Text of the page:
There are so many great little streams along the Pine creek canyon in northcentral Pennsylvania. Nestled near the village of Cedar Run, beginning just north of White Horse hollow along Cedar Mountain road and ending south of Oxbow hollow beneath the overpass of Route 414 is the beautifully rugged trout stream named Cedar Run. The twin of Slate Run, Cedar run has all the characteristics of a north central Pennsylvania freestone stream. It runs cold throughout the year, holds a variety of aquatic insects, and plenty of wild trout.
One of the many reasons for Cedar’s success is its limited accessibility. There are parking areas along Leetonia road, and Cedar Mountain road but the steep mountains, and narrow road limit parking to a few opportunities at best. In many places the terrain is difficult to hike but stunningly gorgeous and worth the effort.
As with Slate Run, typically Cedar freezes over through the winter making for limited opportunities. Although the hardy angler can find success through the winter months by using subsurface tactics such as, streamers, big nymphs, and colorful attractor flies. Generally, fly-fishing season begins in early spring with the appearance of the Little Black Stone.
Primetime fishing occurs between mid-April through mid-June. Anglers can find heavy hatches including Blue-Winged Olives, Quill Gordons, Hedricksons, Caddis, and Drakes. The trout population is predominately wild except for the occasional rouge stocked fish found near the confluence with Pine creek. The water is usually gin clear; your chances increase anytime you can fish it with slightly heavier flows and colored water. Cover the broken water and pockets on clear days especially during the spring months. Fish the shaded edges through the summer with beetles and ants. Bring your “A” game to fish the slow moving gin clear pools. Long leaders and stealthy approaches are a must. A classic day on Cedar starts with a morning session fishing dry/droppers or swinging wets, a great lunch and storytelling at the Slate Run Tackle shop, followed by a blitz hatch through the afternoon and evening.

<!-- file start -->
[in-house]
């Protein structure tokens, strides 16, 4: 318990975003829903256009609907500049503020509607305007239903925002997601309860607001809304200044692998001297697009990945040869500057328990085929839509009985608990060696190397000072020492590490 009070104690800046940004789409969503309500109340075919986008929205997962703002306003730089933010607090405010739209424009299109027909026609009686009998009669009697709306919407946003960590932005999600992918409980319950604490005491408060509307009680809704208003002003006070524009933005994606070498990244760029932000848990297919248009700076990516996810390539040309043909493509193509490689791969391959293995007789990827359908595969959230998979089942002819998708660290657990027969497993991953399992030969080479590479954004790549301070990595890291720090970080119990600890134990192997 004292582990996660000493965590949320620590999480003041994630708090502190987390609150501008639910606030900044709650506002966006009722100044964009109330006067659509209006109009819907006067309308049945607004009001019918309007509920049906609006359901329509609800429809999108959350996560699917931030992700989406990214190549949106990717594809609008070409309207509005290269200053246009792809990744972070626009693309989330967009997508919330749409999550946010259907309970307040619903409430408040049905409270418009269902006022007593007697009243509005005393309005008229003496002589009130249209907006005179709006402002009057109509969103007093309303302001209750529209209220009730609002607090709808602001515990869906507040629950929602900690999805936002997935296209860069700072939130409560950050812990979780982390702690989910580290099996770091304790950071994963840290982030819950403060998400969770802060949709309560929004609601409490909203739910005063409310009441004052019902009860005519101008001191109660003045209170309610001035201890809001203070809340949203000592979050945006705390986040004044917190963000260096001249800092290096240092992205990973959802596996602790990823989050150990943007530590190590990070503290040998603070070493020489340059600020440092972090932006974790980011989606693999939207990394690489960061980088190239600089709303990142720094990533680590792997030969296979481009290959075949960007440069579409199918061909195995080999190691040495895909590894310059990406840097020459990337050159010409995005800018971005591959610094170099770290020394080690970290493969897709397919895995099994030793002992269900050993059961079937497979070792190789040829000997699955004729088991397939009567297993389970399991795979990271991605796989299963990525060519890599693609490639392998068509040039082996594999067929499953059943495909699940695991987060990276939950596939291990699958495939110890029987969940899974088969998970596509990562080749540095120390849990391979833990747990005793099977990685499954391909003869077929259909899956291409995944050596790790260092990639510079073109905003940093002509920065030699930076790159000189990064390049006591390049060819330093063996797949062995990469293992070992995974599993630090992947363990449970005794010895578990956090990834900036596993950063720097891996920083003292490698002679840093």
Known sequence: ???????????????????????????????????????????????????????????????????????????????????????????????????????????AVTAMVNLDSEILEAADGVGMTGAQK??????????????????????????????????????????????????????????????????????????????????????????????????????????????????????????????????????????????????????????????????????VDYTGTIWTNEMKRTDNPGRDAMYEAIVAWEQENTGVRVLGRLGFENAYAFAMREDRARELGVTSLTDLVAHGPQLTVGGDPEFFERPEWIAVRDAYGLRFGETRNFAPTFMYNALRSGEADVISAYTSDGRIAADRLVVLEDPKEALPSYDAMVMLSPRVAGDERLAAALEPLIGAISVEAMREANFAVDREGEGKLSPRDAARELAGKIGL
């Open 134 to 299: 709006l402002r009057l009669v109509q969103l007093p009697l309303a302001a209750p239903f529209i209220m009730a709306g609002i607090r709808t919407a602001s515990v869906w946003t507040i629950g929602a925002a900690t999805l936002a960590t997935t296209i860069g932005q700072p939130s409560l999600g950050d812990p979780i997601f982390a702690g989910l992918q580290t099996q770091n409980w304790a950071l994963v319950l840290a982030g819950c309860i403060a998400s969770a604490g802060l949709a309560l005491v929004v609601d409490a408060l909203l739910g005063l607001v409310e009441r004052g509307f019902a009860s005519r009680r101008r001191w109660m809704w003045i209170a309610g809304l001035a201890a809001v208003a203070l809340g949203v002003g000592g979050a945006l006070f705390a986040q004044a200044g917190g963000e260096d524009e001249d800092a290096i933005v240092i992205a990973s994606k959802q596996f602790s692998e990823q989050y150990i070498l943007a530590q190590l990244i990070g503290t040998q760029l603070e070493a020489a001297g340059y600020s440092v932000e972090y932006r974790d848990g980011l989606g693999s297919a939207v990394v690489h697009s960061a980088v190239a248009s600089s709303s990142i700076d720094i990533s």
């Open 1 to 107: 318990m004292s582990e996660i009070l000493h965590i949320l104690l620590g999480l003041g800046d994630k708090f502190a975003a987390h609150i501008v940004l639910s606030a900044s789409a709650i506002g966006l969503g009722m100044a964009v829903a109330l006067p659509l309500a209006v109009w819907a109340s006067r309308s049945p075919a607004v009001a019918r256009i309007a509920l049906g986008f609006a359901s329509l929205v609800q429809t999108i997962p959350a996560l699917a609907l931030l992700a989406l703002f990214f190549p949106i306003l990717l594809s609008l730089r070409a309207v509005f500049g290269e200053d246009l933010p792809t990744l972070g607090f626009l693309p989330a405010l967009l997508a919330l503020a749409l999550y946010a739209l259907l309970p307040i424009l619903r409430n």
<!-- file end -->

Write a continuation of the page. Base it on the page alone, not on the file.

|Common Name (Hook Size)||FEB||MAR||APR||MAY||JUN||JUL||AUG||SEP||OCT|
|Blue Quill (16-18)||Little Black Stonefly (16)|
|Quill Gordon (14)|
|Dark Olive Caddis (16)|
|Green Caddis (16)|
|Tan Caddis (16)|
|Little Yellow Stonefly (16)|
|Gray Fox (12)|
|Sulphur (16 18)|
|Slate Drake (12- 14)|
|Blue-WInged Olive (14 -16)|
|Blue Quill (18)|
Both Cedar and Slate run were an integral part of the logging industry, which was prevalent during the 1800’s. Cedar Run has great local historical importance. The Cedar Run Baptist church, which brought prominent local residents together for Sunday service.
A sawmill, post office, hotel, and general store were also located in the village. With the railroad passing directly through town, Cedar Run was a welcome resting stop for weary travelers. Names such as, John and Margret Morrison, John Callahan, Major General Brown, John S. Tomb, to list a few, are immortalized throughout the area and certainly played a role in the prosperity of Cedar Run.
The scenery is exceedingly bold and picturesque, and before the advent of the railroad there was no wilder place in the State. 
The earliest settlers found the area bountiful with fish and game. Elk, trout, and other game, even Panther resided in the area according to local settlers. The Pine creek valley offers exceptional natural splendor, it is apparent why so many travelers visit the area today.
Slate Run Tackle Shop
*Please check http://www.fishandboat.com/Fish/PennsylvaniaFishes/Trout/Pages/TroutWaterClassifications.aspx for up-to-date designations.
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